How to Disable Automatic Capitalization Correction in Microsoft Word

956192 How to Disable Automatic Capitalization Correction in Microsoft Word

Automatic capitalization is a feature in Microsoft Word designed to help correct formatting mistakes as you type. It automatically capitalizes the first letter of sentences, table cells, days of the week, and more. While handy, this can be frustrating if you commonly write in formats requiring unusual capitalization rules. For example, when writing poems or using title case.

Fortunately, Microsoft Word allows you to easily customize when automatic capitalization is applied. This article will walk you through the steps to disable automatic capitalization correction. We’ll also cover how to create custom capitalization rules for specific words.

Understanding Automatic Capitalization

Before diving into the settings, let’s briefly cover what automatic capitalization in Word does:

  • Capitalizes the first letter of sentences – This is the most common feature, capitalizing the first letter typed after a period, question mark, or exclamation point.
  • Capitalizes first letters of table cells – Automatically makes the first letter of every table cell uppercase.
  • Capitalizes names of days – Capitalizes the full names of days of the week (e.g. “Tuesday”).
  • Capitalizes first letter of proper nouns – Detects if you type a proper noun based on context and capitalizes the first letter.
  • Capitalizes first letter of honorifics – Titles like “Mr.” and “Mrs.” are automatically capitalized.

As you can see, these automated formatting changes are meant to save you time and effort. But the capitalization rules might not always match your intent.

Disabling Automatic Capitalization

Disabling specific automatic capitalization rules in Word only takes a few clicks:

  1. Open the File tab and select Options.
  2. Choose Proofing from the navigation bar.
  3. Click the AutoCorrect Options button.
  4. Select the AutoFormat As You Type tab.
  5. Uncheck any capitalization options you want to disable:
    • Capitalize first letter of sentences
    • Capitalize first letter of table cells
    • Capitalize names of days
    • Capitalize first letter of proper nouns
    • Capitalize first letter of honorifics (Mr., Mrs., etc.)
    Unchecking auto-capitalization options in Word
  6. Click OK to save your changes.

And that’s it! Going forward any text you type in Word documents will avoid applying the capitalization rules you disabled.

Tip: You can re-enable any of the options later by simply re-checking the box.

Custom Capitalization Exceptions

The steps above completely disable selected auto-capitalization rules. But you can also create custom exceptions for specific words and phrases that should not be automatically capitalized.

For example, to prevent Word from ever capitalizing the abbreviation “Ltd.”:

  1. From the AutoCorrect tab, click the Exceptions button.
  2. In the Exceptions for dropdown, choose First letter auto-capitalization.
  3. Enter “Ltd.” in the Text entered field.
  4. Leave the Change to field blank.
  5. Click Add to create the exception rule. Adding a capitalization exception in Word

Now anytime you type “Ltd.” Word will no longer capitalize it.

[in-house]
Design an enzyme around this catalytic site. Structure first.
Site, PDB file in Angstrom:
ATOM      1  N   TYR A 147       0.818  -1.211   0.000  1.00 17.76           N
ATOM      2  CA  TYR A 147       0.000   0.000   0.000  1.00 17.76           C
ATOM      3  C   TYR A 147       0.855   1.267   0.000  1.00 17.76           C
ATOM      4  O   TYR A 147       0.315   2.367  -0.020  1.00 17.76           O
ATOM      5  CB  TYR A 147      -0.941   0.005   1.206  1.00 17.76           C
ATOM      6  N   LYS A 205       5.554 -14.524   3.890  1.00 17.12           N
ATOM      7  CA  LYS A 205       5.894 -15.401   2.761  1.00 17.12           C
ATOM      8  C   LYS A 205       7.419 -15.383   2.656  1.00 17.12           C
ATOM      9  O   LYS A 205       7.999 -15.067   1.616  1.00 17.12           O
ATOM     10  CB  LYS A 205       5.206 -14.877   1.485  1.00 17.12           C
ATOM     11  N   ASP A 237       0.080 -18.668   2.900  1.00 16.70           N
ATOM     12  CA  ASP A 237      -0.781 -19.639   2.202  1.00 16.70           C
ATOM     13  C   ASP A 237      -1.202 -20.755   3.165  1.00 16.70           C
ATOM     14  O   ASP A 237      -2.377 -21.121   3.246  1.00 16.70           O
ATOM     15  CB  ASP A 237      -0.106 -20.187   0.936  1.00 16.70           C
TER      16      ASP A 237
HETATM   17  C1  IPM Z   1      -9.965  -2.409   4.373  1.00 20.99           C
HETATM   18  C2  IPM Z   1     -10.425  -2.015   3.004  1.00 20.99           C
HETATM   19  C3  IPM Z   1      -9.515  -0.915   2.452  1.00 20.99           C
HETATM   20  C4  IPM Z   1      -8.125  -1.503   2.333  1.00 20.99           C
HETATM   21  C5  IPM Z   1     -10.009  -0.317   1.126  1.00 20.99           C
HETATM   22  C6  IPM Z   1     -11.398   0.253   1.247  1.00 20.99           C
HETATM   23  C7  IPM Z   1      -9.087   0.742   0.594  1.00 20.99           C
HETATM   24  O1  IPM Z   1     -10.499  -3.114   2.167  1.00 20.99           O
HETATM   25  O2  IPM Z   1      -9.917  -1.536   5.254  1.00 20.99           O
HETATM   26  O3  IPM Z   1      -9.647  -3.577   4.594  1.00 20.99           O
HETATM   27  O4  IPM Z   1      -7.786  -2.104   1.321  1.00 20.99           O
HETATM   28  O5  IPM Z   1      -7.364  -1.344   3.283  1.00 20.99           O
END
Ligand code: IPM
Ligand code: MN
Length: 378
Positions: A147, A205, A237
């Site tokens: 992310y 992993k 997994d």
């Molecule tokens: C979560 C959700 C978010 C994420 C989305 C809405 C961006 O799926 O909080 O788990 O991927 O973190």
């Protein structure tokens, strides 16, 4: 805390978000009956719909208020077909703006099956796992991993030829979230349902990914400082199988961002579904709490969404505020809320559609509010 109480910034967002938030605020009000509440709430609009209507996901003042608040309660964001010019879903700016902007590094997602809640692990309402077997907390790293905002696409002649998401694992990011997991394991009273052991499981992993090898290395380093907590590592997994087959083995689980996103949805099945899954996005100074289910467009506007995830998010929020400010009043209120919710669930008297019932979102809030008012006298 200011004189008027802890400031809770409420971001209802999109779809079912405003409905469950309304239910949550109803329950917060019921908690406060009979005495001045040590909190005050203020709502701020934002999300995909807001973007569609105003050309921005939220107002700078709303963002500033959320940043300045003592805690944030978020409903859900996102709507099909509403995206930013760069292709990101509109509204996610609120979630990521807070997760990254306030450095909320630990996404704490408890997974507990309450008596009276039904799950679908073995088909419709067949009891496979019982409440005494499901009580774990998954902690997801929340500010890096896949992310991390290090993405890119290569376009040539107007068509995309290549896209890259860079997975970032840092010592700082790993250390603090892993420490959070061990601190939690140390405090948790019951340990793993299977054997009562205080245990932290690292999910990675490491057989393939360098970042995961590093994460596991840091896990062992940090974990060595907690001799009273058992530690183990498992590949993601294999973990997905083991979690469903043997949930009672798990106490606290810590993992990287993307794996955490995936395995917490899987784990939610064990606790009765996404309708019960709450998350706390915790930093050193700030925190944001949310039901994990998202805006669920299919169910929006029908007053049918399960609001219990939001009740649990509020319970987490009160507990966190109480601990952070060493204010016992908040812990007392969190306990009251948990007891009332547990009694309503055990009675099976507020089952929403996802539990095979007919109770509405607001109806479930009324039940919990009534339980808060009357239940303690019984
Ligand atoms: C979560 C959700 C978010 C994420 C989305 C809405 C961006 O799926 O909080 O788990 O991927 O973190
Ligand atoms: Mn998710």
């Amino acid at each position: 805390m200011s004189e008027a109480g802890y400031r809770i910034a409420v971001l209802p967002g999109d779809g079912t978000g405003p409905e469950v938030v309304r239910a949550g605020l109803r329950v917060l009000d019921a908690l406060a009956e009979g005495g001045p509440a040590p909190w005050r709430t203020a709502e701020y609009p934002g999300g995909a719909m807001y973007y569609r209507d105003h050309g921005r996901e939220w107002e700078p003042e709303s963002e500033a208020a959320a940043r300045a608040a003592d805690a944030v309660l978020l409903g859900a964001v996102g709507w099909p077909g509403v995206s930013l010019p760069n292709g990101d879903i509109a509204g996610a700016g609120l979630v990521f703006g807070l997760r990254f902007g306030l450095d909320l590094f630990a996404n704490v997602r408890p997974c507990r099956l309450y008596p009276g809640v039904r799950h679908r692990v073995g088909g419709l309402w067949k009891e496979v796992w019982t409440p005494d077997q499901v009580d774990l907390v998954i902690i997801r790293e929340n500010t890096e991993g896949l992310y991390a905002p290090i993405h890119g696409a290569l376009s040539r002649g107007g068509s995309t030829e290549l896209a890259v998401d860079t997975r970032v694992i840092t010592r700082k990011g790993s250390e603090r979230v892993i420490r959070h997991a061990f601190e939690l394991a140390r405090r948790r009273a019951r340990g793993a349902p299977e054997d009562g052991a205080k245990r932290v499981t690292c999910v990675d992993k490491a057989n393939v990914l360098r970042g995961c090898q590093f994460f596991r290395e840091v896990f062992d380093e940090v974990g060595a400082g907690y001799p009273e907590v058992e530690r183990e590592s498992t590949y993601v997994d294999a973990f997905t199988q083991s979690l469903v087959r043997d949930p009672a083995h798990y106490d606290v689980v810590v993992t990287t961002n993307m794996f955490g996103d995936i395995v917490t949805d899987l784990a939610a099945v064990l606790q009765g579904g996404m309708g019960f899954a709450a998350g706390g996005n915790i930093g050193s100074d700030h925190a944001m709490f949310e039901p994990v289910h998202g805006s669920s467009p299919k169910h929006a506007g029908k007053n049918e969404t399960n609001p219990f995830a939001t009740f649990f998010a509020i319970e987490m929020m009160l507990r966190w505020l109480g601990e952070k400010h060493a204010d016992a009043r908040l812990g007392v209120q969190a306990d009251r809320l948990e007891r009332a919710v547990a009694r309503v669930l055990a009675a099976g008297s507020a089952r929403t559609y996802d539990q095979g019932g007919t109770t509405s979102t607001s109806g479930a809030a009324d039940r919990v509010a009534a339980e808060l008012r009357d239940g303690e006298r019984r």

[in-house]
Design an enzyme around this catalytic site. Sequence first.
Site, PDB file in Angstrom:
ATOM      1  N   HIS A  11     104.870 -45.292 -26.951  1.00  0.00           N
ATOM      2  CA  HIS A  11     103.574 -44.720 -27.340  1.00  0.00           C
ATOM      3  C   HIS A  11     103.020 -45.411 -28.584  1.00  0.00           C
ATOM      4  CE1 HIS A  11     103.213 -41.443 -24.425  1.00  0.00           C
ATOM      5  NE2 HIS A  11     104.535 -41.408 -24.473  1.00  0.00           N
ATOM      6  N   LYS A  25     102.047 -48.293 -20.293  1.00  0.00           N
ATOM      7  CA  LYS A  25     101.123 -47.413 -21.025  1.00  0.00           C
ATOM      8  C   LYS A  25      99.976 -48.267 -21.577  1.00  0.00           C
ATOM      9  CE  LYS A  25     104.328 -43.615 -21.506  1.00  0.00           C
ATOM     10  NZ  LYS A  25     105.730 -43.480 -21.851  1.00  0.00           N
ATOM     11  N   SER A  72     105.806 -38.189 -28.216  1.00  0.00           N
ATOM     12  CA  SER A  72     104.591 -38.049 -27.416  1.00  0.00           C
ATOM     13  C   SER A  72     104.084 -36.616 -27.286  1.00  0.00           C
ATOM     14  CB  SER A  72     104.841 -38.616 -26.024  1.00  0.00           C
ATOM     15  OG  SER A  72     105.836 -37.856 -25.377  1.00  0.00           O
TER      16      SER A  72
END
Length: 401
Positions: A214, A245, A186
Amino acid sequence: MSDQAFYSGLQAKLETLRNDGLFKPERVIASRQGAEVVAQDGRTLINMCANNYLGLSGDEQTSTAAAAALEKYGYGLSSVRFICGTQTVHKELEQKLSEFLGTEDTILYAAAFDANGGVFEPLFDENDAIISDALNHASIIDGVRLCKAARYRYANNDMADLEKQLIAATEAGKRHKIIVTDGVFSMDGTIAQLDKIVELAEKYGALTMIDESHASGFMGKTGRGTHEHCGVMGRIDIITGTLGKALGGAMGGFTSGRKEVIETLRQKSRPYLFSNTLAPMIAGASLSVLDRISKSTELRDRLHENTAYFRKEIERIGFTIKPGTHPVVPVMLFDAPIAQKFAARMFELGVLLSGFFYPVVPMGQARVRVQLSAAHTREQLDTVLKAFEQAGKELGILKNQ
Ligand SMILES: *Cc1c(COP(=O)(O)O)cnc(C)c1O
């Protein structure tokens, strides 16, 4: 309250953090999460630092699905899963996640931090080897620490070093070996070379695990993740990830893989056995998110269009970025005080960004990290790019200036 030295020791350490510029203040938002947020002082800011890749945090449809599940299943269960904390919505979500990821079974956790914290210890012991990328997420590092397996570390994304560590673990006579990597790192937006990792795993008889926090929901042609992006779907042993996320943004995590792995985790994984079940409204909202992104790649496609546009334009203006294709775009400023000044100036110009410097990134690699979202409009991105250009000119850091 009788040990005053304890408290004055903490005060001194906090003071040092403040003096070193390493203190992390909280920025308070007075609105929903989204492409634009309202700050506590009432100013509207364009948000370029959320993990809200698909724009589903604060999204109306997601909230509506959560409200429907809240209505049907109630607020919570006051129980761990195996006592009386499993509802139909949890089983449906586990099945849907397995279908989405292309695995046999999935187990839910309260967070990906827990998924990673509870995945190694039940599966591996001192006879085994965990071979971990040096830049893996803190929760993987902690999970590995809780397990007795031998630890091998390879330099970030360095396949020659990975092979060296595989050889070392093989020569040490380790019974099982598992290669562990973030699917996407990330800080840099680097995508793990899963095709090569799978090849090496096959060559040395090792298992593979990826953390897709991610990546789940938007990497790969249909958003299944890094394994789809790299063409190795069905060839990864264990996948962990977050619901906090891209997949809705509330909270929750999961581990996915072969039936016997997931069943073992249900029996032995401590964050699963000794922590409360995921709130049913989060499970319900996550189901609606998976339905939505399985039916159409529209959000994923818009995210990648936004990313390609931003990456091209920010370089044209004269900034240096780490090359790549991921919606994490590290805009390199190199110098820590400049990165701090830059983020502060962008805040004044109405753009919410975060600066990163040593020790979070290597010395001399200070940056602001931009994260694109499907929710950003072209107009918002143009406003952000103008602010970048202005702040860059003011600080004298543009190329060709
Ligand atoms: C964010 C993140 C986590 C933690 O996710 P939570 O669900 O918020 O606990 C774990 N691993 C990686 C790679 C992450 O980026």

You can add as many custom exception words/phrases as needed this way. Just be sure to:

  • Select “First letter auto-capitalization” in the Exceptions for dropdown
  • Leave the Change to field blank
  • Click Add to save each exception

When to Use These Options

Disabling automatic capitalization correction can be useful in several situations:

  • Creative writing – When drafting poems or text using unique capitalization styles for emphasis. The automated formatting changes will only get in the way.
  • Using title case – If you frequently type text that should have capital letters for all major words, automatic capitalization will capitalize too many words.
  • Writing abbreviations – As in the “Ltd.” example above, you may commonly write abbreviations or acronyms that should always be lowercase.
  • Typing website/email addresses – To enter something like “[email protected]” without Word automatically capitalizing the email and domain.

Essentially any situation where Word is “over-formatting” and changing capitalization incorrectly is a good opportunity to disable the auto-corrections.

Recommendation for Most Users

For those who write in a traditional document format, my recommendation is to leave the automatic capitalization options enabled. They will likely save you time and effort in the long run.

However, disable these two specific options:

  • Capitalize first letter of table cells
  • Capitalize first letter of proper nouns

I’ve found these two settings seem to cause the most frustration and “over-capitalization”. Disabling them prevents the vast majority of incorrect formatting changes.

Then use the Exceptions option outlined above to prevent individual words/phrases from being capped.

Re-Enabling Automatic Capitalization

You can always re-enable any of the automatic capitalization rules you previously disabled:

  1. Return to the AutoCorrect Options menu.
  2. Under the AutoFormat As You Type tab, re-check boxes for the capitalization rules you want to enable again.
  3. Click OK.

The settings will once again apply to all new Word documents you create going forward.

Final Thoughts

While automatic formatting can speed up your workflow, it’s no help if it’s actively changing text incorrectly.

Hopefully this guide gave you the tools to tailor Microsoft Word’s auto-capitalization to best match your writing style and document formats. The Exceptions list in particular can help create rules for those stubborn words and phrases that Word insists on capitalizing incorrectly.

Let me know in the comments if you have any other questions! I’m happy to help explain further or troubleshoot any issues with disabling automatic capitalization.